One of my favorite things to say to Penny is a line from Forrest Gump, uttered in my best “Forrest” voice: “Mama, what’s my destiny?” She actually turned it around on me Sunday, writing it on a church bulletin in response to something the pastor said. Today, I’ve decided to take my destiny down a different path for a season.
It’s been a good while since I have worked my through a biblical book, so I decided to jump back in by looking at a simple one: Ecclesiastes. Let’s start at the beginning, Ecclesiastes 1:1:
The words of the Teacher, son of David, king in Jerusalem.
At the risk of giving things away, this book, starting with my next entry, is going to take a thorough tour of meaninglessness and, as the King James Version puts it, “vanity.” With that on the horizon, we have to ask ourselves, looking at this first verse, what sort of a teacher this might be who would push a steady message of pointlessness.
But let’s back up a little bit more. Who is this teacher? The text does not name him as Solomon, but what other son of David served as king in Jerusalem? Unlike Song of Solomon, which can be read to be authored by someone else about or in honor of Solomon, Ecclesiastes is pretty clearly either written by Solomon or a fraud.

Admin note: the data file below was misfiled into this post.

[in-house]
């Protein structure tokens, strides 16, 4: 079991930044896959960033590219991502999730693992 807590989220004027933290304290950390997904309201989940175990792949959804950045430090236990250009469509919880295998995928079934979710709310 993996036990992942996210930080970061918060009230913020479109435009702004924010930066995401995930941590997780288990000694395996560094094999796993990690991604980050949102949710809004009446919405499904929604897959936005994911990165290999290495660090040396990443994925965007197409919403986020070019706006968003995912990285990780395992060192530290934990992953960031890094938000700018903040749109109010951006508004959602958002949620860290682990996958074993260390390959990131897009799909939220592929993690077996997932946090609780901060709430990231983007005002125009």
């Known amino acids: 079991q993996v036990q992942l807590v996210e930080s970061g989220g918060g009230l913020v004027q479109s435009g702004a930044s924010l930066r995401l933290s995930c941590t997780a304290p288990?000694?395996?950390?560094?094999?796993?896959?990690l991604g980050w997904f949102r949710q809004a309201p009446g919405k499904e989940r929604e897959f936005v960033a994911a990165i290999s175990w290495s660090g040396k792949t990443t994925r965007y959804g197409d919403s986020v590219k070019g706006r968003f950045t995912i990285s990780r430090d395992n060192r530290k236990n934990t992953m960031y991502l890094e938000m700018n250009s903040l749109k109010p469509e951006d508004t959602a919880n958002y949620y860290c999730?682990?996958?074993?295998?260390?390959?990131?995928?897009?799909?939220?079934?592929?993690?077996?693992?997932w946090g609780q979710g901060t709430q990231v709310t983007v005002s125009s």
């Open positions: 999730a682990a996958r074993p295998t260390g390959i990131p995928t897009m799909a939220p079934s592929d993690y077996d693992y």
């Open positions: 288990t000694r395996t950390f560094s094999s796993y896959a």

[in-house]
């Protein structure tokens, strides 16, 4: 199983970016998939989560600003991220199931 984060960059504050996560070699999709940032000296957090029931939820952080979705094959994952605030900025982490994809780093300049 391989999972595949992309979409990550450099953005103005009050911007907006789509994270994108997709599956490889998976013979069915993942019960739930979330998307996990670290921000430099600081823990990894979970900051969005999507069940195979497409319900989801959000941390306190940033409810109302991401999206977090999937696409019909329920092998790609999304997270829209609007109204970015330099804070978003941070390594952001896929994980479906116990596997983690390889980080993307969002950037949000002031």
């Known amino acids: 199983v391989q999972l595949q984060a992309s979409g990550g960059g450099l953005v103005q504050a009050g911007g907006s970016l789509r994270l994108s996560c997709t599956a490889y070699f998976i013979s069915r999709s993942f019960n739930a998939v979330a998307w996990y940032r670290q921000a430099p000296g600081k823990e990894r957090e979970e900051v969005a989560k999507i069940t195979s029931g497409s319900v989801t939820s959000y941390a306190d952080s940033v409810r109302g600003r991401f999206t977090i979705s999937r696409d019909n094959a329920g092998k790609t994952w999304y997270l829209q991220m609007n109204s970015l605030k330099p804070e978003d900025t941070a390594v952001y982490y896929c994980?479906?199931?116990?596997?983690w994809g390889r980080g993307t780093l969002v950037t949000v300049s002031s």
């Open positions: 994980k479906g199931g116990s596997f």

We certainly can’t explain what sort of teacher delivers this kind of a lesson (especially since we haven’t heard the lesson yet), but we can give the teacher (or preacher) a name. That’s a start.
But of course many Bible scholars, especially the sort who are skeptics of the Bible and desperately in need of publishing things that will get them tenure in their secular academic posts, will opt for the second option, calling Ecclesiastes a fraud, written under a false name. These people have lots of letters after their names and are widely respected by the likes of the Society for Biblical Literature. In fairness, they are incredibly learned and shouldn’t simply be dismissed. Are they then correct?
To answer that, I’d like to go out to my garden. A few minutes ago, I stepped out there and completed a job for Penny, uprooting a well-established bush. After digging all around the bush and severing what roots I could, I needed to pry it out. My problem was that I did not have a solid spot, a fulcrum, on which to base my shovel. Stealing a stone from a nearby wall, I created my fulcrum and, after a few minutes of struggle, had the bush out of the ground.
A fixed point, a fulcrum, is a vital thing. If I cannot believe a plain statement in the Bible, fixing my mind on it and applying some leverage, how can I believe anything in the pages? Certainly I can study the book as a cultural artifact of ancient Israel, but to understand it as a guide for life, as a help to discovering my destiny, I have to be able to depend on something. Should verse one of chapter one prove untrustworthy, then the Bible–or at least Ecclesiastes–is indeed meaningless.
With that said, let’s prepare to see tomorrow what Solomon has to tell us about life. Spoiler alert: It’s meaningless.